Gay, Black, Married and Still Unequal

The Supreme Court's contradictory rulings on voting rights and gay marriage prove there's still work to do.

Generic image (Thinkstock)
Generic image (Thinkstock)

(The Root) — America has become a nation in which gay black men and women can serve openly in the U.S. military, marry each other and have their bond recognized by the federal government. But ironically, those same gay black people may not be able to vote.

Last week the U.S. Supreme Court made two seemingly incongruent decisions. First, the conservative majority gutted the Voting Rights Act — invalidating Section 4, which provided the formula for voting districts subject to preclearance and federal oversight for any changes made to voting laws in states with a history of systematic voting discrimination.

Second, in a 5-4 decision in which the liberal majority was joined by Justice Anthony Kennedy, the court declared the Defense of Marriage Act unconstitutional — thereby affirming the right of gay couples to be equally recognized by the federal government. This means that gay couples in the 13 states (and District of Columbia) that allow same-sex marriage will be eligible to receive Social Security benefits, estate tax breaks and health care and immigration services that they were previously denied.

The DOMA decision was rightly celebrated as a watershed moment in the struggle for gay rights and marriage equality. Liberals derided the voting-rights ruling as a surreptitious move by “activist” right-wing judges to legislate from the bench and turn back the clock of racial justice and equal access to the polls.

There is an undeniable disconnect between the expansion of democratic freedoms for gays and lesbians and the contraction of the most democratic ideal of all: the right to vote. How can the court champion a citizen’s right to love while acquiescing in that citizen’s disenfranchisement at the ballot box?

The voting-rights decision rested on the flawed premise that so much progress had been made in the last 40 years that fewer safeguards were necessary today. The DOMA decision allows for a certain kind of freedom to flourish in one state but also protects discrimination in others. The logic and reasoning of the court’s decisions, therefore, aren’t that different at all.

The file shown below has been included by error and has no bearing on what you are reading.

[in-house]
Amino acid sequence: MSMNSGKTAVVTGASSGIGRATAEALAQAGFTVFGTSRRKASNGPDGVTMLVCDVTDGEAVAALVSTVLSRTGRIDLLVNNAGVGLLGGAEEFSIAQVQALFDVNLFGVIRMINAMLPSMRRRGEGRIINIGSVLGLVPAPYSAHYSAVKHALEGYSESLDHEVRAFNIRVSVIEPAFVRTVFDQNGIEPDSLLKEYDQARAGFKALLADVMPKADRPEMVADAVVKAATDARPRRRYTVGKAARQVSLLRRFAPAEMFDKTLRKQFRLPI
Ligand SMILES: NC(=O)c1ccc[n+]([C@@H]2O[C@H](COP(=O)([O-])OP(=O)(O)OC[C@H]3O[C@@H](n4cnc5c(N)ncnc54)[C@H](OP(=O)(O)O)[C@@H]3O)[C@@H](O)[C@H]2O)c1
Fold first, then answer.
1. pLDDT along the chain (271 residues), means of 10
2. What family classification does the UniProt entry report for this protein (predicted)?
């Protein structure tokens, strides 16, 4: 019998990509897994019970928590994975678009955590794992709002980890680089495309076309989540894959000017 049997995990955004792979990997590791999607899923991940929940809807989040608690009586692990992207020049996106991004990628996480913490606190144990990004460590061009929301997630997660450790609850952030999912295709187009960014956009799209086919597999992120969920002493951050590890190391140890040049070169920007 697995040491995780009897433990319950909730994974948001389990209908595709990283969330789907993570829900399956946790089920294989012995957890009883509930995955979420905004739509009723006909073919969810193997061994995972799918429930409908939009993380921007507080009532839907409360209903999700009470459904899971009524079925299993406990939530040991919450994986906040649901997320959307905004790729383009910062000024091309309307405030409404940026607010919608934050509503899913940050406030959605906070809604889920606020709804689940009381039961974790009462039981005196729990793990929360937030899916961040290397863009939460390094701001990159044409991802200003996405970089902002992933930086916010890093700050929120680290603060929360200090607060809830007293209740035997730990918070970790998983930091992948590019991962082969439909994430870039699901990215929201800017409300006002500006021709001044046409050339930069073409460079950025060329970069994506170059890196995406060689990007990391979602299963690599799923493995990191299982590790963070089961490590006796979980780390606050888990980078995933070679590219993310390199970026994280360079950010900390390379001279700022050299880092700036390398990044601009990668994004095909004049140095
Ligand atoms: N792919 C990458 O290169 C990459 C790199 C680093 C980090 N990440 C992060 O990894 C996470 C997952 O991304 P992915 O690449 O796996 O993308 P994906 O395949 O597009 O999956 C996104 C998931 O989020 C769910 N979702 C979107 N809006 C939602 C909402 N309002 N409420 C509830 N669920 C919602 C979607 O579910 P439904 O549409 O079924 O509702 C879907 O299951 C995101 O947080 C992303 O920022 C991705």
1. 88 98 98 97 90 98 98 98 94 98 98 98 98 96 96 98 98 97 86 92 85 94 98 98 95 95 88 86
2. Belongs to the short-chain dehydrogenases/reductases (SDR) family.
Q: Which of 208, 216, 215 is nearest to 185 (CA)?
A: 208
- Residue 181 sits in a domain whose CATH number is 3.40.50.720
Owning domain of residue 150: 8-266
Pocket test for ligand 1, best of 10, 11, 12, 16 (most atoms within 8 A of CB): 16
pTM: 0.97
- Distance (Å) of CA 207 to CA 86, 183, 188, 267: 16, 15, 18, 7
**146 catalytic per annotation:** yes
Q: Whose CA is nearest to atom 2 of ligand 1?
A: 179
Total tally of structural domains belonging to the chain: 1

The conventional wisdom is that the DOMA ruling opens the door to a future challenge that strikes down discriminatory laws in the 37 states that currently ban marriage between same-sex partners. Gay-rights activists look forward to a Supreme Court ruling that fully outlaws discrimination on the basis of sexual orientation, in the same way that Loving v. Virginia invalidated miscegenation laws in every state and Brown v. Board declared the principle of “separate but equal” unconstitutional.

This legal strategy was actually perfected by African-American civil rights leaders more than half a century ago and executed by great minds like Charles Hamilton Houston, dean of Howard University Law School, and Thurgood Marshall, who went on to become the first black Supreme Court justice. In time, organizations committed to equality for gay Americans plan to force federal courts to rule on the fundamental constitutional questions of due process and equal protection. But in the meantime, the status quo remains both separate and unequal.

Shin Inouye, President Obama’s White House director of specialty media, focuses on lesbian, gay, bisexual and transgender issues and spoke exclusively to The Root about the overturn of DOMA. “President Obama was delighted by the court’s decision and immediately directed members of his Cabinet to ensure directives were put in place to extend federal benefits to gay and lesbian couples,” he said.

Inouye underscored Obama’s response from last week, in which the president said, “The laws of our land are catching up to the fundamental truth that millions of Americans hold in our hearts: When all Americans are treated as equal, no matter who they are or whom they love, we are all more free.”